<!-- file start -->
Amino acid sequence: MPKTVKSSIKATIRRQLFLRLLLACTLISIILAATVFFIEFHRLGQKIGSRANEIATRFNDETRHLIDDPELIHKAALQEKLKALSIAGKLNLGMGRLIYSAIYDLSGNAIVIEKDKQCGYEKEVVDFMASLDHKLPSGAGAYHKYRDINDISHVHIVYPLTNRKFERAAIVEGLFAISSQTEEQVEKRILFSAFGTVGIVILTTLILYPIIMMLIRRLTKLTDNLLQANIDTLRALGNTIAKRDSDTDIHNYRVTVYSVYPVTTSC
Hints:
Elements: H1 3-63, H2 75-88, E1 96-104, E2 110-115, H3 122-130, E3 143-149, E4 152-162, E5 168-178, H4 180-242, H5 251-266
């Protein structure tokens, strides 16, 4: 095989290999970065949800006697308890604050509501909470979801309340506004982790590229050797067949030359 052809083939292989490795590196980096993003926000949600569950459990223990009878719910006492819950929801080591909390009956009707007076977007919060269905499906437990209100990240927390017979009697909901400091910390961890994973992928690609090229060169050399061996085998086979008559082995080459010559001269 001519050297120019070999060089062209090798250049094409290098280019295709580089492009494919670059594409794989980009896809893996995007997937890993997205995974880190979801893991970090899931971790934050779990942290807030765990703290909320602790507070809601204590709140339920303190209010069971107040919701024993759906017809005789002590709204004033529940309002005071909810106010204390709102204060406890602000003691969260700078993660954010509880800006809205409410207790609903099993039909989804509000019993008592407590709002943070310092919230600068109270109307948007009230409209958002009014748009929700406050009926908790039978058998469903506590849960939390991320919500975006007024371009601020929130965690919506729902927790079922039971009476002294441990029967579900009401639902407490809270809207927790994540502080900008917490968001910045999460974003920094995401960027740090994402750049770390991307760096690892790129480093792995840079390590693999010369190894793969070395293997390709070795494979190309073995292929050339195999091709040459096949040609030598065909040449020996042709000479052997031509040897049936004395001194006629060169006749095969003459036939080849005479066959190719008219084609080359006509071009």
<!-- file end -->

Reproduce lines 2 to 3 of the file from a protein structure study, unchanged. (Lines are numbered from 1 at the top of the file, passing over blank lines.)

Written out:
Hints:
Elements: H1 3-63, H2 75-88, E1 96-104, E2 110-115, H3 122-130, E3 143-149, E4 152-162, E5 168-178, H4 180-242, H5 251-266